Not so very long ago, location-based search involved thumbing through a grubby copy of the Thomson’s Local Directory so that you could find out that there were, in fact, no Thai restaurants in the vicinity of your hotel and that you’d better make different plans for the evening. Then along came the Internet and GPS, and suddenly your phone knew roughly where you were and could tell you, if you accessed a search engine, that, OK, maybe there’s no Thai around but that there are still half a dozen eateries within half a mile and that three of them have scored eight out of ten from customer reviews.
Most of you will agree that this is a few steps up from the first approach, if only for the fact that the good old Thomson’s didn’t have Anon from Havant warning you off the kippers at Alfonso’s. And now, with the advent of a digital compass and an accelerometer, there is the opportunity to take things a little further.
Over the past few months, a small but steadily increasing number of smartphone applications and browsers have been appearing which utilize augmented reality – digital information overlaid onto the physical environment as seen through the viewfinder of a mobile’s camera. These apps and browsers (early pace-setters here include Layar, Wikitude and Nearest Tube) include layers of metadata about physical objects which have been geotagged: either by the developers of the app/browser in question or (in the case of open solutions) by third-parties, increasingly including members of the public.
The apps/browsers then identify where the user is via the GPS in the handset and which direction he or she is facing via the digital compass: this combination allows the handset to recognise what the viewer will be seeing via the camera viewfinder and thereby which (if any) items within that view have been geotagged.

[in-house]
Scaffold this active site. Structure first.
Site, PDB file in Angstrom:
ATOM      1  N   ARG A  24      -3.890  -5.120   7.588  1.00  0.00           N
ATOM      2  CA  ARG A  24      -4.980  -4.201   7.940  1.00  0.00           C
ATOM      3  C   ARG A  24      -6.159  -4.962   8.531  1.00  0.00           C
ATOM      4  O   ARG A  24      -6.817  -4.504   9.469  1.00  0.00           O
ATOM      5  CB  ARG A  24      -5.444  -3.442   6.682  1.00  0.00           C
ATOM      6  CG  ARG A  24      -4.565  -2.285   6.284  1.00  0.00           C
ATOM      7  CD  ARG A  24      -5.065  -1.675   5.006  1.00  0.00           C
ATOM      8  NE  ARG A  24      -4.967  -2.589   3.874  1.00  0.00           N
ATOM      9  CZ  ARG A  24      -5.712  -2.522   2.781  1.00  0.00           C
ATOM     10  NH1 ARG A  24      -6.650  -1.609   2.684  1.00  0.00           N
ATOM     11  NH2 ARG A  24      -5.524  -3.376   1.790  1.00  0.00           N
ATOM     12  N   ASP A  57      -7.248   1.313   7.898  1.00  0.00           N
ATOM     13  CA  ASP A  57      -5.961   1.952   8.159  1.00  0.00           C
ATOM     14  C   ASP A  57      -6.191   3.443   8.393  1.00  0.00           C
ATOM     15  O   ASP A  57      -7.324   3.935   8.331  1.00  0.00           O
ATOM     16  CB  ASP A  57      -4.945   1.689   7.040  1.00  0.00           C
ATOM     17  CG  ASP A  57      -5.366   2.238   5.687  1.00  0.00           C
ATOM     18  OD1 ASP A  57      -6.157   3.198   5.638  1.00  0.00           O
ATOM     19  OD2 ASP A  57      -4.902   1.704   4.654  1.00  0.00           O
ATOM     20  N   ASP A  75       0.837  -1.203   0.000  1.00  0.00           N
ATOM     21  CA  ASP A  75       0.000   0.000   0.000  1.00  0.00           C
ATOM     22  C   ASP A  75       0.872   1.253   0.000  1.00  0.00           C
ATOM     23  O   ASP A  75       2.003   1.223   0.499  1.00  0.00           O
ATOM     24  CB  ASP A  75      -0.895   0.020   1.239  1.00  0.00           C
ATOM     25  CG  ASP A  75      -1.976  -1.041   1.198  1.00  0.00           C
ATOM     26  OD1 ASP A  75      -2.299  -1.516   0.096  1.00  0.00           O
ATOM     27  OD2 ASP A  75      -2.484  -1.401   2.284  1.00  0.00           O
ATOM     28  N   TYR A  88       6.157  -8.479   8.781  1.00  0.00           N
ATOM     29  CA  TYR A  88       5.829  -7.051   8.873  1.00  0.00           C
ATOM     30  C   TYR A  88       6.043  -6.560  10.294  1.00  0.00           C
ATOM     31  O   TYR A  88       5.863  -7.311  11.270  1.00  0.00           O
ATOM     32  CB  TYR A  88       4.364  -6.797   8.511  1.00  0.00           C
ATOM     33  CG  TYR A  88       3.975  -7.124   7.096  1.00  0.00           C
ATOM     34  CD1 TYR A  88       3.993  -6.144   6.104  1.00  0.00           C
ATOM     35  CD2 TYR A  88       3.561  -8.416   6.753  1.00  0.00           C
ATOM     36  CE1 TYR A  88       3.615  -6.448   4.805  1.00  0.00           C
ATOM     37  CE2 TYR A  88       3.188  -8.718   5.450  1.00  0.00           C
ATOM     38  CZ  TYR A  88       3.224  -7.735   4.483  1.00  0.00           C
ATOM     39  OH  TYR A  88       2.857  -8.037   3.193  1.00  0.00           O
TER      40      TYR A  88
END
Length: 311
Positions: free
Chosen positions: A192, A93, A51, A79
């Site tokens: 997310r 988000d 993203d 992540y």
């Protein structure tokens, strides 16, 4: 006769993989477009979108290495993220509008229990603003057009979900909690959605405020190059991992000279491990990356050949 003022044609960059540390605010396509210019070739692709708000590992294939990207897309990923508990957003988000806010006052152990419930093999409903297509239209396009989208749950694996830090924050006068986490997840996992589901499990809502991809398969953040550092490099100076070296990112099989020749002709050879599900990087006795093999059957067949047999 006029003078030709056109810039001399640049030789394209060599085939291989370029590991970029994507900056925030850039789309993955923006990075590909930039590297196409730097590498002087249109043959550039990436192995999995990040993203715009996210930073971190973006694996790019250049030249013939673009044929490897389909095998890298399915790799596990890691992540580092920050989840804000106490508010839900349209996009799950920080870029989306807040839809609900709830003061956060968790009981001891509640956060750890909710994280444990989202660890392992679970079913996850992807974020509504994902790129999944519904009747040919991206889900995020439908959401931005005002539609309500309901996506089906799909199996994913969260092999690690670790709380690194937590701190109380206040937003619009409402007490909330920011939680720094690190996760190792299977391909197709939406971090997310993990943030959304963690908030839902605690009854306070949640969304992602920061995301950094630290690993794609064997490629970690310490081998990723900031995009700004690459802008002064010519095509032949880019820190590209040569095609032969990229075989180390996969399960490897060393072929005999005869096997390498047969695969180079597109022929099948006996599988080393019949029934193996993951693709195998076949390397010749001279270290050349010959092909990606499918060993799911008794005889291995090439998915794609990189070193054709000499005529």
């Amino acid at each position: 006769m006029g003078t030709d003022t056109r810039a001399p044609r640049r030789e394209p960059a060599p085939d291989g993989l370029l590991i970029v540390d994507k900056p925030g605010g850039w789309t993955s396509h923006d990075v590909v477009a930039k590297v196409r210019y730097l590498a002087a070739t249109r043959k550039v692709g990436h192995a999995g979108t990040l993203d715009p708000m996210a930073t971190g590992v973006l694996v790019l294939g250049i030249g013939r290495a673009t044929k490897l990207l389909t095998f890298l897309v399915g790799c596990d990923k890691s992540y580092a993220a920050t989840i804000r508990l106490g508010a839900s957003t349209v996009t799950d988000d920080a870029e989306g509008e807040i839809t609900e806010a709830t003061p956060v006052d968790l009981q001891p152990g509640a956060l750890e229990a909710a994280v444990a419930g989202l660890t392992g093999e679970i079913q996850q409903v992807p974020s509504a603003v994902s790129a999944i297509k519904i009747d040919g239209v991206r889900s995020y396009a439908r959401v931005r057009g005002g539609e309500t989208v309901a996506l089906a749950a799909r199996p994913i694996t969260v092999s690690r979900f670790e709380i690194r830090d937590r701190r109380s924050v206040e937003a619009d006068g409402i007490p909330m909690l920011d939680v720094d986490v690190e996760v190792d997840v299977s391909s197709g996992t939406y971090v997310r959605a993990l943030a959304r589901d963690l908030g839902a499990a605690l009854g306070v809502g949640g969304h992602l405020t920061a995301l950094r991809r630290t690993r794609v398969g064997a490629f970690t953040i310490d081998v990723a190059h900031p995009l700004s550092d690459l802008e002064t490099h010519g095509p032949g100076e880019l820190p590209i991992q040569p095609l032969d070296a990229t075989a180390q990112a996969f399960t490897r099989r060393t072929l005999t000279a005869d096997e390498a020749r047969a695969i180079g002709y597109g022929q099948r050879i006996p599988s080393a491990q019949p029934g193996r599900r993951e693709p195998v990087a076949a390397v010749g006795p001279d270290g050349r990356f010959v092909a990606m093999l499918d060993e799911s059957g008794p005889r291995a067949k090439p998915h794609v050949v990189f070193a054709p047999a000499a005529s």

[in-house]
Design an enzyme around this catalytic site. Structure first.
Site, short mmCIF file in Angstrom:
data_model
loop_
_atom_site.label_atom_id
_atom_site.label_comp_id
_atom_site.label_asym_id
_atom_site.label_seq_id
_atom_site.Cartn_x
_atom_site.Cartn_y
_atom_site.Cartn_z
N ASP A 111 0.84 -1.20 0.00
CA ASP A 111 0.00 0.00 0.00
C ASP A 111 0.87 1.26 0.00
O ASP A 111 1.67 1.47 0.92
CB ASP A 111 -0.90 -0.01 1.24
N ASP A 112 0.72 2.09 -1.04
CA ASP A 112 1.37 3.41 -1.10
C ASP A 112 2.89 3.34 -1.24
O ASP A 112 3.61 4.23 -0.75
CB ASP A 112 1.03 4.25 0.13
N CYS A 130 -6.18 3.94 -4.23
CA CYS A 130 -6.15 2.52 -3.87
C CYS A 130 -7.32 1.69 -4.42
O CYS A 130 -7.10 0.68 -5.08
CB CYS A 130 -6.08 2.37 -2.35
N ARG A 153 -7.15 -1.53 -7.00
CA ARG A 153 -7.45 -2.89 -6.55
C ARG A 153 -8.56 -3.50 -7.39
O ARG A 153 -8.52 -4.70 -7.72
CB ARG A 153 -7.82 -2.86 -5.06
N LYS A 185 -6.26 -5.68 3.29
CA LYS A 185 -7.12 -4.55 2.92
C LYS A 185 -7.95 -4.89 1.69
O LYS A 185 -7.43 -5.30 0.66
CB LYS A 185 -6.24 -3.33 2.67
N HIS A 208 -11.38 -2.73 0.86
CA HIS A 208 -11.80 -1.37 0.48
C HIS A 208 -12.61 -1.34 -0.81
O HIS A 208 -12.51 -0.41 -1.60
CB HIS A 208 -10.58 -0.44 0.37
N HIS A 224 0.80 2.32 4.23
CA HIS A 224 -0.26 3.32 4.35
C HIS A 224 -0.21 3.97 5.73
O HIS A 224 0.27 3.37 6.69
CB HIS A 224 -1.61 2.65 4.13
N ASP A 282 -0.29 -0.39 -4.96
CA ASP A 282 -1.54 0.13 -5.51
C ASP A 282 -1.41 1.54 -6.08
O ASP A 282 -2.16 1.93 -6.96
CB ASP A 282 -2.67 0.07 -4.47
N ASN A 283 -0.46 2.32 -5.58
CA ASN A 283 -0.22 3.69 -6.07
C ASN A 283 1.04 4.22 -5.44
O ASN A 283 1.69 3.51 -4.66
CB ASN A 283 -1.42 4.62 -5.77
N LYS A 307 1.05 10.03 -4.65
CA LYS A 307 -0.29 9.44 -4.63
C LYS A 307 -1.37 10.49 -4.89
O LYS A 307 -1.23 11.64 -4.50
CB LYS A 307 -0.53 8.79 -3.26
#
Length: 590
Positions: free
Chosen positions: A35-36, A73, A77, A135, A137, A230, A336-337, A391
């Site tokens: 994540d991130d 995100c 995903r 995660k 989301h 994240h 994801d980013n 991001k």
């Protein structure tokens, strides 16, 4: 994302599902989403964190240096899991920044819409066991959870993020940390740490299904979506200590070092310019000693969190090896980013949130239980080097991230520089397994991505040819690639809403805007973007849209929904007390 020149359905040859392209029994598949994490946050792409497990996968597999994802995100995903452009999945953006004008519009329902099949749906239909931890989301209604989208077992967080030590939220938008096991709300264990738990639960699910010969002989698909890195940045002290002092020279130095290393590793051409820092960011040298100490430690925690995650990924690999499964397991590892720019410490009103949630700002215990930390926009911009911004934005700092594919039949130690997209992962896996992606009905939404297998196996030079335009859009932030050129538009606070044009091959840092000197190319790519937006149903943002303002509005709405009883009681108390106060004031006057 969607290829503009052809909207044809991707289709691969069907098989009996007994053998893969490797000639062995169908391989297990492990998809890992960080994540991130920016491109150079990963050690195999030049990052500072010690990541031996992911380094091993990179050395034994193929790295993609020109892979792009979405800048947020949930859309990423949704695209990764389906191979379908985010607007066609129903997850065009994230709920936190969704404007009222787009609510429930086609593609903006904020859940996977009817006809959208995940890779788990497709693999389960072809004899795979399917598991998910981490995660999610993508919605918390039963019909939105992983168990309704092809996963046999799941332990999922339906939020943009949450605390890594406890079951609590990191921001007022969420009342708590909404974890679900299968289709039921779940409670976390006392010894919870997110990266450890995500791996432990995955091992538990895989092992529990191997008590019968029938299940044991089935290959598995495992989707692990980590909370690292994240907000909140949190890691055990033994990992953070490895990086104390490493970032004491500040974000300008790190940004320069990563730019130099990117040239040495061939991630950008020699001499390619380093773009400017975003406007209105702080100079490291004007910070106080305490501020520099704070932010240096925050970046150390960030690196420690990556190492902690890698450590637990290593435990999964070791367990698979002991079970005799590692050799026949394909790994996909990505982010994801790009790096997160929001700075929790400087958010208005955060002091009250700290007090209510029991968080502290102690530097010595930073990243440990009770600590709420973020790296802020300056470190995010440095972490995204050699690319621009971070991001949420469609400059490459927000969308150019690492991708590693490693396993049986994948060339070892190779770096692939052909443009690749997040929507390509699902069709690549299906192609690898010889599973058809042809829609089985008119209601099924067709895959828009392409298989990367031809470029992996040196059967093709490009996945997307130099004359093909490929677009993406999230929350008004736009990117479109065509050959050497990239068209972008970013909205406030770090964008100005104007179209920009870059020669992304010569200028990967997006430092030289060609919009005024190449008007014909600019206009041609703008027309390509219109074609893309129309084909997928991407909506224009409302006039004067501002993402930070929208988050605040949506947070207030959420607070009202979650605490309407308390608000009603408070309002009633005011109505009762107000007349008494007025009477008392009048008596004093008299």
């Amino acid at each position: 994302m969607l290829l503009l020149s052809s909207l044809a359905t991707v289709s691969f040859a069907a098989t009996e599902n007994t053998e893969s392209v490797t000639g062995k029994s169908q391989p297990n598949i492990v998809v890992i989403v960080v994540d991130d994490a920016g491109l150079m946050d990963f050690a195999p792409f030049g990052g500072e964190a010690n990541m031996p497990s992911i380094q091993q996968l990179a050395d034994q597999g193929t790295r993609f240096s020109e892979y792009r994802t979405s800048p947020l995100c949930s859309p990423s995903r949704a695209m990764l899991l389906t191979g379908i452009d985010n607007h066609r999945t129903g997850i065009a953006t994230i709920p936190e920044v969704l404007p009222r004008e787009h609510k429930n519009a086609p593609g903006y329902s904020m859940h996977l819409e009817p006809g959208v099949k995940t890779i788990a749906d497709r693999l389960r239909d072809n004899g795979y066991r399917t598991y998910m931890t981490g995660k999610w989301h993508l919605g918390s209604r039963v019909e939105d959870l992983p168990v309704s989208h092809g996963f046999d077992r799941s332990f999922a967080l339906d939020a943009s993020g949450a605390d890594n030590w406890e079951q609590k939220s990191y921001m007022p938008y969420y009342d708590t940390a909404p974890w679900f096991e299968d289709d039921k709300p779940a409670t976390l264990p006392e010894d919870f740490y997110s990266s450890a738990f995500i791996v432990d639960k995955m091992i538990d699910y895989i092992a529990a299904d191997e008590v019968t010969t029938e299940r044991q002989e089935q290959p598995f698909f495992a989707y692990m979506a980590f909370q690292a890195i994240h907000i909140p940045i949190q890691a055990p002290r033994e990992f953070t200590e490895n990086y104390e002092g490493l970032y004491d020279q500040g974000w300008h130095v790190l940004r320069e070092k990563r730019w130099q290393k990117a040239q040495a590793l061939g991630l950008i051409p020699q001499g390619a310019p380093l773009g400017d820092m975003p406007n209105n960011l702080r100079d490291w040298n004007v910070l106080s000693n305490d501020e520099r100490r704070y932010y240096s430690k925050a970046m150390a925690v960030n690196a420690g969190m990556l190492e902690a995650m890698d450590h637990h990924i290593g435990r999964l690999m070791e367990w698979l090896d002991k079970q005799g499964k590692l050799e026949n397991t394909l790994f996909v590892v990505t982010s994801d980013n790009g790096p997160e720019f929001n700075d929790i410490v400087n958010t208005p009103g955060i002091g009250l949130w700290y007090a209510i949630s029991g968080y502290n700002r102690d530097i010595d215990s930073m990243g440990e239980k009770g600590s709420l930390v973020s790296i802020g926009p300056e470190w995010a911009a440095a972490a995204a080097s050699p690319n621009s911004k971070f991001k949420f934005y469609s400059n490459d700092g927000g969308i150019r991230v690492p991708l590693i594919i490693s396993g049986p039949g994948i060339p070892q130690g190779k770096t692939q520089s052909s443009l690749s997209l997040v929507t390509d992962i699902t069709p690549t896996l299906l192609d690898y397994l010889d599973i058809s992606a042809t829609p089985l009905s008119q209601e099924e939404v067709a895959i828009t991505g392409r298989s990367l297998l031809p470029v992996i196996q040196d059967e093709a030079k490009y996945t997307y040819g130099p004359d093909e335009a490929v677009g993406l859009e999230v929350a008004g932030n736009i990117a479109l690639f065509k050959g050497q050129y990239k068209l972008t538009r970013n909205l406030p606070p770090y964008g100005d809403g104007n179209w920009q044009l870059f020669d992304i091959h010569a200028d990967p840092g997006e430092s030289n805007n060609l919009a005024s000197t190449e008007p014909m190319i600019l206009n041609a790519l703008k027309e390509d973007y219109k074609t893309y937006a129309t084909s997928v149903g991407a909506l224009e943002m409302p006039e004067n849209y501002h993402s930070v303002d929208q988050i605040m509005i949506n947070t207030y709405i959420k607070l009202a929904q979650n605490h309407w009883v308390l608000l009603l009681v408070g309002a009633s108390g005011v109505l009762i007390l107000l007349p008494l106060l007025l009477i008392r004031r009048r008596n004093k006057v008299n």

Thus – assuming I had a compatible phone and had downloaded a suitable app – I could simply look at the world through my cameraphone and icons illustrating the location of those half a dozen eateries would appear; one click and I’ve learned more than enough about Alfonso’s kippers.
The potential uses of these technologies clearly extend far beyond local search; there has been much interest in AR in games (the first such title, Mosquitoes, launched earlier this month) and, in the longer term, in enterprise applications.
But before we get carried away and imagine that we’ll wake up tomorrow and the world will have turned into a Spielberg sci-fi epic, there are a fair few barriers to address. Firstly, and I’m sorry to tell you this, your phone probably doesn’t do AR. Unless you have an Android handset, or an iPhone 3GS, or an N97, it won’t have that magical GPS/digital compass/accelerometer combo. And while other vendors will gradually begin to roll out these enablers in their high end handsets, this process will take several years.
Secondly, some of the technologies aren’t up to the mark yet. For example, GPS is notoriously unreliable in-building: an object which your phone is telling you is thirty metres in front of you could be the same distance behind you, rather problematic if you’re engaged in a time-critical exercise.
Thirdly, and most importantly, just because phones can enable AR doesn’t mean that it will suddenly become the be all and the end all. For apps to succeed, they must be good apps. For AR to succeed, it must add value to apps, be they games, local search or enterprise apps, and those apps must be attractive and compelling to the end user.
We do believe that AR provides a significant opportunity – for brands, operators, vendors and developers alike – and that, within the next five years or so, that opportunity will be worth several hundred million dollars: but it will take a lot more AR-handsets on the ground, and a lot more strong AR apps, before we reach that point.
*The other week, while blogging on mobile dating services, I observed that Flirtomatic had 1.2 million UK customers. Sapna Burton from Flirtomatic has asked me to point out that at the time that figure had already reached 1.5 million. I am more than happy to do so.